Auto123 reviews the 2020 Honda CR-V.
The Honda CR-V, the Japanese automaker’s cash-cow compact SUV, first launched in 1997. It’s now into its fifth generation, and it can be said that the model has reached a level of maturity. In most aspects, it rates very, very well – and that’s all you need to know to understand its great appeal with motorists.
Among the features that distinguish this 2020 model from its predecessor are new front bumpers, front grille and headlights, as well as a revised rear bumper. Otherwise, Honda has extended the 1.5L engine that was reserved for the model’s premium trim to the entire range.
In addition, safety features are now more numerous and, most importantly, most are included from the base version on up. Note that heated seats and a remote starter are also included in the entry-level CR-V. Canadian drivers will be happy…
On the outside, the Sport model we drove features a set of 19-inch Shark Grey alloy wheels, a chromed dual-exhaust system, round LED fog lights and a power tailgate.
Most noticeable as you install yourself inside is the centre console, which has been redesigned to provide more storage space. Other Sport features include a sunroof, 12-way power leatherette seats, heated steering wheel, sport pedals, USB ports in the second row and 180-watt, 6-speaker audio system.
Overall, the vehicle remains exceedingly comfortable; there’s plenty of room inside, and the trunk is big enough for the usual gear lugged around by a family of four. In short, it’s the best layout you could hope for from a compact SUV that you don’t want to spend a fortune on.
Talk about a sure value…
While the choice of quality vehicles is frankly impressive in the compact SUV category, the Honda CR-V maintains its position, year after year, among the leaders of the group. In fact, for many buyers in the segment – especially those who might be allergic to American products – the choice boils down to two models: the CR-V, or Toyota’s RAV4.
Honda’s SUV is without question one of the best values in the segment. It’s reliable, even safer this year, and comes with a “new” fuel-efficient engine that’s no more exciting than before but does the job, without fuss.
The 2020 CR-V starts at $30,620 for the LX-2WD version and prices range up to $44,520 for the Black Edition. Our Sport version starts at $36,920.
The CR-V Sport’s cloth/leatherette seats are the first to greet you and properly give the interior a nice look – and they’re also comfortable. The steering wheel is also leather-wrapped, as is the gear shifter. The right seating positions are easily found, and the controls are easy to reach.
The base 7-inch screen isn’t huge by today’s standards, but you get used to it very quickly. We’d even argue that, in this age of oversized, over-complex screens, the CR-V’s screen displays enough essential information without creating too much distraction with its content.
One small drawback involves the speed of the screen display; we noted there always seemed to be a slight delay between the button and the display of the control. What’s just a mild nuisance when stopped becomes a bigger problem when you’re the only occupant, and on the highway or in traffic.
On the road
With all the on-board safety systems, the CR-V remains a safe vehicle, to say the least. For example, every time we activated the right turn signal, the Lane Watch camera in the right rearview mirror showed us what’s going on in our blind spot – something we found very practical during our week with the SUV.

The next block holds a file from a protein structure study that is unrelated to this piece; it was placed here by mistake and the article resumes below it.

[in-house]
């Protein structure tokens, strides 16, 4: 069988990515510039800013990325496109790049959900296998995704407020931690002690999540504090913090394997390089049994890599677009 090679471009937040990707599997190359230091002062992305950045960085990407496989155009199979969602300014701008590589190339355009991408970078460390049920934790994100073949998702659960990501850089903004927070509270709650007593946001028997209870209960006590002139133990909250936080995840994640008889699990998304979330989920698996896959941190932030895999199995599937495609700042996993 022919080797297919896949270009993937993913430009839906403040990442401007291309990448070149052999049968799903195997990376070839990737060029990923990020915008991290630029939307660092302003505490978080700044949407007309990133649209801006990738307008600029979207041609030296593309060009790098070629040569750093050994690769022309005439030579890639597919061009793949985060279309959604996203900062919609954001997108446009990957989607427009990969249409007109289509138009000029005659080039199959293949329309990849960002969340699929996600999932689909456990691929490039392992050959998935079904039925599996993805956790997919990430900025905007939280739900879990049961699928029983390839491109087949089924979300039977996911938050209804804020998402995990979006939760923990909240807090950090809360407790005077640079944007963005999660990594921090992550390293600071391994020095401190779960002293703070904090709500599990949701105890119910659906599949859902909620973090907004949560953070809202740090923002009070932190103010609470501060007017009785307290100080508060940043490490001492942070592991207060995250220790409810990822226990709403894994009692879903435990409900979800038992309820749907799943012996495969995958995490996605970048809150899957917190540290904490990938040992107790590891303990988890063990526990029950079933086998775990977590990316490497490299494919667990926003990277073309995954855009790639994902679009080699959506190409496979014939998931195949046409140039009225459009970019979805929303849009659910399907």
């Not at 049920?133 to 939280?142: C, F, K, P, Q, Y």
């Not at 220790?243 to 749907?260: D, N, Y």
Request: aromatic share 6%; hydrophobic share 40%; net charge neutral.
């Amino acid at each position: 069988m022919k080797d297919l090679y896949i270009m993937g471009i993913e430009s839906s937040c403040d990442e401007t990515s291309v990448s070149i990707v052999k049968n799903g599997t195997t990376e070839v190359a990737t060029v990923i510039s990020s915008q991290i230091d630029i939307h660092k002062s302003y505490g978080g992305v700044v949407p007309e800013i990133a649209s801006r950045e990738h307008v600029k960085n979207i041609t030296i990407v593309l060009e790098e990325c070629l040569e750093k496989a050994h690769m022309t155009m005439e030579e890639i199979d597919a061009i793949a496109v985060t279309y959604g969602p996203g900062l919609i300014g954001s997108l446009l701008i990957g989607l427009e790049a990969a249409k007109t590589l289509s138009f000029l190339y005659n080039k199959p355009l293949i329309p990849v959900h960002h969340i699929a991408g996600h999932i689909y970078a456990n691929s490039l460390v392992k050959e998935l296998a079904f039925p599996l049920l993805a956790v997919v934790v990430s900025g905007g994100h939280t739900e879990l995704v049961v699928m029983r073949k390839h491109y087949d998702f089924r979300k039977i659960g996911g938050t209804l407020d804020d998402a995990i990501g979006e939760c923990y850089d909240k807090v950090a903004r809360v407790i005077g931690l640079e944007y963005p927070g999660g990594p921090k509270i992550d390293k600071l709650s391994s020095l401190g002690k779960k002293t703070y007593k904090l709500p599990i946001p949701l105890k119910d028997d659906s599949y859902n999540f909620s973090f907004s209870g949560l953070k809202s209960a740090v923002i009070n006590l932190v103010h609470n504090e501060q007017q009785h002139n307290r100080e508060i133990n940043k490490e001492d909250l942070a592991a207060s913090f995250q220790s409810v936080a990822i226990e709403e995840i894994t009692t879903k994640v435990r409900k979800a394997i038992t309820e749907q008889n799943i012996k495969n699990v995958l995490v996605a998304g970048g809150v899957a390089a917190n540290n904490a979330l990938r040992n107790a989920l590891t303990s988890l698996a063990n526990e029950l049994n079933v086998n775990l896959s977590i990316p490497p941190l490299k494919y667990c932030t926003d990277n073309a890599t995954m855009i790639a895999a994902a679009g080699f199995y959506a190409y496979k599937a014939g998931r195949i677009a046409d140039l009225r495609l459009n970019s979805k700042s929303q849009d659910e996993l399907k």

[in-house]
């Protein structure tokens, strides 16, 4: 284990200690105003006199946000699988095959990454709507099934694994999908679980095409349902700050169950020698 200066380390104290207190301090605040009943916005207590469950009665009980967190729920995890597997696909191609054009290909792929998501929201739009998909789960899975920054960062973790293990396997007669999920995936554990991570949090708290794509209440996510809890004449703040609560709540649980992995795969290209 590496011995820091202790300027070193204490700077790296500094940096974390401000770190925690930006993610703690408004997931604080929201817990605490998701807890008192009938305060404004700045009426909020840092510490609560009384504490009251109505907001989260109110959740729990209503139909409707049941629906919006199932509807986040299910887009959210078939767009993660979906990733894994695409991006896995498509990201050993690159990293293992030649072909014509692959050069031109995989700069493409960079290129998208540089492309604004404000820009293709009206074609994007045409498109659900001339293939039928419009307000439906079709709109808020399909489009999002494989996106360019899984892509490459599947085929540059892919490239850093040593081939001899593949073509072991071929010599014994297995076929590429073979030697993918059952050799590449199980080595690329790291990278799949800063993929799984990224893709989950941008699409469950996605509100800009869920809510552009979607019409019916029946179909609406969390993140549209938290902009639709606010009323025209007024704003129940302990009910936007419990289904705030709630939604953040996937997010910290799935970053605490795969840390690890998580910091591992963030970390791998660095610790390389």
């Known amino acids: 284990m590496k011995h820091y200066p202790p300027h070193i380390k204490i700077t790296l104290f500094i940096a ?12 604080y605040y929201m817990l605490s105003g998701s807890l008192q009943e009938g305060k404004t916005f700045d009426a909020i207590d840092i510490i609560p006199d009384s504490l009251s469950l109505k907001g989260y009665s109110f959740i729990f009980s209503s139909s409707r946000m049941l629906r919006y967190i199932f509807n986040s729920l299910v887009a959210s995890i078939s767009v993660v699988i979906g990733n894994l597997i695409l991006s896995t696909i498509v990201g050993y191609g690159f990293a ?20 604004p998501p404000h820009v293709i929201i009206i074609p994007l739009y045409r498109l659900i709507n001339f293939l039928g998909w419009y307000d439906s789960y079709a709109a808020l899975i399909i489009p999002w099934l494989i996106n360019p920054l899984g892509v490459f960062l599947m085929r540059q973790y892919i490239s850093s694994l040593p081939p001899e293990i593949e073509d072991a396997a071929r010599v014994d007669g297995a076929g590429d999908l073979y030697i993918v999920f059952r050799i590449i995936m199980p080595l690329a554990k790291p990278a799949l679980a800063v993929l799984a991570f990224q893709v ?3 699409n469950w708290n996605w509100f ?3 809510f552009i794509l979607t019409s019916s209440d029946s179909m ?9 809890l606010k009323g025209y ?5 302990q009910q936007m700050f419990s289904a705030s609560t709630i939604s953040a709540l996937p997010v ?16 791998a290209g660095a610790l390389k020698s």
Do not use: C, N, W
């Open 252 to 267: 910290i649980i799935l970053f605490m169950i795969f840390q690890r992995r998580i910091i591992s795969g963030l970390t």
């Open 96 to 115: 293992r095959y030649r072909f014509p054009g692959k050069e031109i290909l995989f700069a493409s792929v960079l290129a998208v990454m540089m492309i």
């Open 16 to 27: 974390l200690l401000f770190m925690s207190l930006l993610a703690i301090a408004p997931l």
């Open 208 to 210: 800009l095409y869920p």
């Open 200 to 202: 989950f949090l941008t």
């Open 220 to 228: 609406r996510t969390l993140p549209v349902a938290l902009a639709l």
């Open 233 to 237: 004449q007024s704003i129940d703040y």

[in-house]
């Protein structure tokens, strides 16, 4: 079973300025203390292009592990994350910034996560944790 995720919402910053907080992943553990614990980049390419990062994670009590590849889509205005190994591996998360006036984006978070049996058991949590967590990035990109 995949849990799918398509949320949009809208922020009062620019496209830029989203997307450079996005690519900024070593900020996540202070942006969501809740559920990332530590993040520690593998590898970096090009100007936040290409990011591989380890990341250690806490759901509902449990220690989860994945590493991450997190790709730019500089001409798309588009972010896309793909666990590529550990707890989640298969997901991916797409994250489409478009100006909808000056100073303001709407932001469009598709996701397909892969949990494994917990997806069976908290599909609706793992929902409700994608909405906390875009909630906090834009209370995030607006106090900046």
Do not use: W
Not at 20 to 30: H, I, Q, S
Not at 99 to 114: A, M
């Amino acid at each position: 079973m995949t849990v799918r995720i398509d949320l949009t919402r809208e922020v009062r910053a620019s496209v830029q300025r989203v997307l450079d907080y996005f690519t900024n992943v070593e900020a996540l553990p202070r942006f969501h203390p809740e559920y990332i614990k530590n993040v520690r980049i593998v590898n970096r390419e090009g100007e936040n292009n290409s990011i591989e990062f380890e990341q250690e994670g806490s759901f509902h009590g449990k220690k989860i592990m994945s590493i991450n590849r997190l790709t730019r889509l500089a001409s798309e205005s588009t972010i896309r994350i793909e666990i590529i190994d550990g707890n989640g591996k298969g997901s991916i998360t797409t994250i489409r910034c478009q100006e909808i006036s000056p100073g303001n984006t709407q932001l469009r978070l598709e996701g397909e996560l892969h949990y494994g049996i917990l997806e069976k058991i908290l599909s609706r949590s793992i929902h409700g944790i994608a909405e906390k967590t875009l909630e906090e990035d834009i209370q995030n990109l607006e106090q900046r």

Add to that front collision alerts, impact-reducing braking systems, lane tracking and lane maintenance, and it’s easy to see why the CR-V consistently receives a 5-star rating from the U.S. National Highway Traffic Safety Association (NHTSA).
Regarding the powertrain, as mentioned, the 1.5L engine has been bolted to all versions. In the CR-V it develops 190 hp and 179 lb-ft of torque, in conjunction with a continuously variable transmission (CVT). We found the vehicle still lacks power, especially since the marriage of the engine with the CVT is, in our opinion, a near-total flop. We felt the lack of power far too often, and the accelerations, feet to the floor, seemed amorphous and extremely noisy to us.
That said, if you’re willing to sacrifice power and accelerating like you’re in an RDX, for instance, you can take comfort in the CR-V’s fuel-economy performance. The model’s fuel consumption rating is one of the best in its class, and we averaged 8.2L/100 km… in late winter, and with a mid-week snowstorm to contend with. This did help heal, in part, the grievous wounds we suffered at the powertrain’s relative lack of get-up-and-go.
We’ll also skip much comment on the Sport appellation for this version. There’s nothing sporty about it except maybe the 19-inch wheels, if you really want to point at something.
While the vehicle visually blends in with the others in this crowded and fiercely contested, yet visually pretty uniform category, beyond the non-descript appearance the CR-V does a better job than any other at excelling, or at least being competent, in almost every aspect that matters to motorists shopping in this segment.
Compared to the Volkswagen Tiguans, Mazda CX-5s and Subaru Foresters of this world, the CR-V stands out because there is very, very little it doesn’t do well. In the eyes of consumers, only the RAV4 gives it a real run for its money. For our part, we liked the interior layout of the Honda. There’s plenty of storage space, technology is present in abundance, head and shoulder room is more than satisfactory and you’ll have no problem accommodating a family of two adults and two growing teens for a long road trip.
Interior and cargo space
Few obvious flaws
We like less
An under-powered engine, hobbled by an undistinguished CVT
Nothing Sport-y about the drive
Slight lag in the screen display response